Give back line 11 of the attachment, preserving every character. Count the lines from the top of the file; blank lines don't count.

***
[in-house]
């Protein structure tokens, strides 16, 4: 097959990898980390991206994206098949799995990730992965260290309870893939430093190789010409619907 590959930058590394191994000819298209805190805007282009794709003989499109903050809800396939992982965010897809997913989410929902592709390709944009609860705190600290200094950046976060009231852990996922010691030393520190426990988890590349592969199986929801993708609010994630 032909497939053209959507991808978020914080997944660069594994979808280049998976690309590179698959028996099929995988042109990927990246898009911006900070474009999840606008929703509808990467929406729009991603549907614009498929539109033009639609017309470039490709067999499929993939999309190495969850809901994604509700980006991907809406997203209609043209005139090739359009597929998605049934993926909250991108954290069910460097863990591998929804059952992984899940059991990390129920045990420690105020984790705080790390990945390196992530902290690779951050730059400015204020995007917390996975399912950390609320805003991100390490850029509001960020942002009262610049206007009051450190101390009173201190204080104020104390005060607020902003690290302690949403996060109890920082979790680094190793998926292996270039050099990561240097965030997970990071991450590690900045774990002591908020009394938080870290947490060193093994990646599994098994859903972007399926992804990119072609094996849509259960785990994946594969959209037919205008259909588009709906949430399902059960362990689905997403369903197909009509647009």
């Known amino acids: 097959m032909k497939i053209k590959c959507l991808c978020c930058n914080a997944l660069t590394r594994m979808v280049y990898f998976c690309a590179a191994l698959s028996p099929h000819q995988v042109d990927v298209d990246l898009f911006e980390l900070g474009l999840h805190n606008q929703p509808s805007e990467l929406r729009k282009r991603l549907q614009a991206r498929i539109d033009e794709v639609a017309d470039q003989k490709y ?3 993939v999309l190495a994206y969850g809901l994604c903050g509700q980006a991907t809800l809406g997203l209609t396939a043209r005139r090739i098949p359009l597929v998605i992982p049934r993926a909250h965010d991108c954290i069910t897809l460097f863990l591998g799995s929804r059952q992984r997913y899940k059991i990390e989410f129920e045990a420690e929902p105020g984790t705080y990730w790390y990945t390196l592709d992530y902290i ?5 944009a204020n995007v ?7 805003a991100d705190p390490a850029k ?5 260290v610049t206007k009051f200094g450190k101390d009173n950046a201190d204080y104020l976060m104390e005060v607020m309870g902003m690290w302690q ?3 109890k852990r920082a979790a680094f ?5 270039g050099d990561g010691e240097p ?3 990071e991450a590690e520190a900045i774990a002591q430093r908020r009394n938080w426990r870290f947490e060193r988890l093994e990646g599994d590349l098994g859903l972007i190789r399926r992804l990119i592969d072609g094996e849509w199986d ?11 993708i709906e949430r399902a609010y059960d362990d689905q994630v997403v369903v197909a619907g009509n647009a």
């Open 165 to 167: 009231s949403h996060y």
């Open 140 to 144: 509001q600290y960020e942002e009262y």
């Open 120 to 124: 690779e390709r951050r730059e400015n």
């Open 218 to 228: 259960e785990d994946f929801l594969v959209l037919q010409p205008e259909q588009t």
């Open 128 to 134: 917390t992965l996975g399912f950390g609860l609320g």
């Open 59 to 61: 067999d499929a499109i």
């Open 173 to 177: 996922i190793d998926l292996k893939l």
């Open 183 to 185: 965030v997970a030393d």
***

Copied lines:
């Open 183 to 185: 965030v997970a030393d």